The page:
When Johnson's Army was coming, Father, with three others, were sent east to see if they were coming in on the Fremont Trail. He was also sent back to Sweetwater to help the Saints cross the plains. After Father was released from Parowan he settled at Beaver, Utah, where he resided a great many years taking a most active part in establishing the institutions of that place. His families have shares in all the co-operative institutions.

He was a friend and father to the people of Dixie, always buying their produce, taking chances to dispose of it later. During the polygamy persecutions Father moved to Wayne County, as he had and wife, Ellen, and family had been clearing there in Thurber Bottoms and were going back in the fall to their home in Beaver. When he was notified through a friend that the officers in Beaver had been issued an indictment for his arrest. He was told not to come back there or they would have to take him to prison, so he remained in Wayne County. Mary Ann and Ellen were the only wives he had at that time. He helped to settle and build up that country, finally settling in Grover, Utah, where he was Presiding Elder for many years.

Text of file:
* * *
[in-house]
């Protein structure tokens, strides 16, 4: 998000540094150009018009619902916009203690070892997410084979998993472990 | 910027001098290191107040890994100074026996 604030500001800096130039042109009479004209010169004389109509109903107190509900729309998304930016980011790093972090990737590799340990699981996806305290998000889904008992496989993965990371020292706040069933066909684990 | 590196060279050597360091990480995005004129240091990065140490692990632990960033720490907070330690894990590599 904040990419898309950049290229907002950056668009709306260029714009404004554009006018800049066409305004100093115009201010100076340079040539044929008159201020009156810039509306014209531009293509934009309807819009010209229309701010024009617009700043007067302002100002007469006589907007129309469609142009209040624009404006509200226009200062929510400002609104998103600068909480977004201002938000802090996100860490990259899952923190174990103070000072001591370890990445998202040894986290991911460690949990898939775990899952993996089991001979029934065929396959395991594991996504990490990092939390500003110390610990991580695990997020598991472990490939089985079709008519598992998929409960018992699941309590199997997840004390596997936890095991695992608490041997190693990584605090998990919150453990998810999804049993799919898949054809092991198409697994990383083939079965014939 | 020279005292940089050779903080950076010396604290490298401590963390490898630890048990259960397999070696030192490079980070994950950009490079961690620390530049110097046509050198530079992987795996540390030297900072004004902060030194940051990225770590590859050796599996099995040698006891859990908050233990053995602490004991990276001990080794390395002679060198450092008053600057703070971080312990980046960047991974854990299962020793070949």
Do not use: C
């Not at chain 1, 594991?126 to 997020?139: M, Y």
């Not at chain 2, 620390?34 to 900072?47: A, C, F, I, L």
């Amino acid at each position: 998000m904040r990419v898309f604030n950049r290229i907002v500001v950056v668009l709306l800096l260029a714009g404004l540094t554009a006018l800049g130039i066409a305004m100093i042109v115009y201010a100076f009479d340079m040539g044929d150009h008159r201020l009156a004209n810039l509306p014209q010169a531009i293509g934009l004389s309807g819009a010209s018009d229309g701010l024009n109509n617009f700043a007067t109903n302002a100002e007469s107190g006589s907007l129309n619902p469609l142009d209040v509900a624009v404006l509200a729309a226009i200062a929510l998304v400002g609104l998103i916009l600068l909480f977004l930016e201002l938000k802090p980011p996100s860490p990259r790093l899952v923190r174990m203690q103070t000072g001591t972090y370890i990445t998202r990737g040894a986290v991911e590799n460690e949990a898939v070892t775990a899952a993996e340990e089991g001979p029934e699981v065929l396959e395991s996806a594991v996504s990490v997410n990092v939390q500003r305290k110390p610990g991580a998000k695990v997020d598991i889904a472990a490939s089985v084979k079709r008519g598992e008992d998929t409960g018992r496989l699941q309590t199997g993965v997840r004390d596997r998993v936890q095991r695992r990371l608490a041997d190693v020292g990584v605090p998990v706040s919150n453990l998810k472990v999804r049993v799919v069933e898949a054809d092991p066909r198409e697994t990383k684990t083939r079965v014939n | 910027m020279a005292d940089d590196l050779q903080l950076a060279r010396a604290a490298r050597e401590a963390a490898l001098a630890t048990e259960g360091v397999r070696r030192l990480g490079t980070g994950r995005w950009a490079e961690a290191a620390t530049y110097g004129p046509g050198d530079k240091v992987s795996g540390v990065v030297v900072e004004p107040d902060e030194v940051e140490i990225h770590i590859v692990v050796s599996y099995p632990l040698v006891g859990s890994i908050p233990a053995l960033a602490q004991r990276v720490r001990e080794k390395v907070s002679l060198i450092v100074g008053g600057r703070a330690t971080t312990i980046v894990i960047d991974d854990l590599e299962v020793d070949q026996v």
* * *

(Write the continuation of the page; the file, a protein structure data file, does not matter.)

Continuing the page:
He was ordained a High Priest by Apostle Francis M. Lyman in 1893. He was a man of sterling qualities and was a strict observer of the Word of Wisdom. None of his wives or children ever saw him take tea, coffee, tobacco or liquor in any form. He obeyed all the principles of the gospel. He was ever mindful of the poor and needy and depressed. He was a firm believer that there was more virtue in teaching the gospel by living it than by preaching it.

He had 5 wives, 33 children, 74 grandchildren, 12 great grandchildren and a number of great great grandchildren at the time of his death, December 25, 1898. By his first wife, Lydia Gage Jacobs, he had three children, namely: Edna, Henry, and Urban Jacobs.

By his second wife, Elizabeth Luck, whom he married May 21, 1854, he became the father of six children, namely: Van, Levi, Elizabeth, Rosanna E., Sarah V., and Eunice A.

His third wife, Mary Ann Jones (daughter of William E. and Mary Jones), who he married March 11, 1860, he became the father of ten children, namely: Mary Jane, Liza Ann, Martha Ellen, William Urban, Daniel Jones, Margaret Caroline, Robert Charles, George Heber, Lewis Jenkins, and Clara Bell.

The fourth wife, Ellen Adams (daughter of David Barclay and Mary Cook), who he married July 14, 1865, he became the father of ten children, namely: Mary Ellen, David James, Urban Van, John Riley, Lydia Catherine, Andrew Adams, Rosa May, Levi, Effie Elizabeth, and Walter Ernest.

The fifth wife, Kaziah Jones (daughter of William E. and Mary Jones), whom he married July 16, he became the father of three children, namely: Margaret, Edward, and Susan.

Father and his wife, Elizabeth Luck, adopted her son, Joseph Heartup, a child by her first husband, William Heartup.

At the present time, March 9, 1939, he has 5 sons and 6 daughters living. He was 81 years old, died and buried in Grover, Wayne County, Utah. His wife, Ellen Adams Stewart, is resting by his side.

He was a faithful Latter-day Saint and has set a worthy example for his descendants to follow after.